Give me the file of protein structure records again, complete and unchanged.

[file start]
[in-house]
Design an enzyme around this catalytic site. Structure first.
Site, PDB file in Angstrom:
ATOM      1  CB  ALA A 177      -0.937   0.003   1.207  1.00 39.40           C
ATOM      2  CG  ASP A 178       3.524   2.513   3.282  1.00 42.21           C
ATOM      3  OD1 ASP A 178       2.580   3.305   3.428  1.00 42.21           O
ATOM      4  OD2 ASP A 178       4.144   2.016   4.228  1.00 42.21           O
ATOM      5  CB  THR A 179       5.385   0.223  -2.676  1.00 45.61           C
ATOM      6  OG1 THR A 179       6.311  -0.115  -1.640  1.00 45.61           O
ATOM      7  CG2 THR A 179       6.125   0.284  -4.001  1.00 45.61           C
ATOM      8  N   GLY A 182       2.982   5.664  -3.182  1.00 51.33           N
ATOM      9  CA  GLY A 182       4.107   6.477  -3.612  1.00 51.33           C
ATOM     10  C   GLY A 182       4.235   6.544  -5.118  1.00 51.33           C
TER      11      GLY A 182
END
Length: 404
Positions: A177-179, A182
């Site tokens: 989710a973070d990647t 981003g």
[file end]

[in-house]
Design an enzyme around this catalytic site. Structure first.
Site, PDB file in Angstrom:
ATOM      1  CB  ALA A 177      -0.937   0.003   1.207  1.00 39.40           C
ATOM      2  CG  ASP A 178       3.524   2.513   3.282  1.00 42.21           C
ATOM      3  OD1 ASP A 178       2.580   3.305   3.428  1.00 42.21           O
ATOM      4  OD2 ASP A 178       4.144   2.016   4.228  1.00 42.21           O
ATOM      5  CB  THR A 179       5.385   0.223  -2.676  1.00 45.61           C
ATOM      6  OG1 THR A 179       6.311  -0.115  -1.640  1.00 45.61           O
ATOM      7  CG2 THR A 179       6.125   0.284  -4.001  1.00 45.61           C
ATOM      8  N   GLY A 182       2.982   5.664  -3.182  1.00 51.33           N
ATOM      9  CA  GLY A 182       4.107   6.477  -3.612  1.00 51.33           C
ATOM     10  C   GLY A 182       4.235   6.544  -5.118  1.00 51.33           C
TER      11      GLY A 182
END
Length: 404
Positions: A177-179, A182
């Site tokens: 989710a973070d990647t 981003g």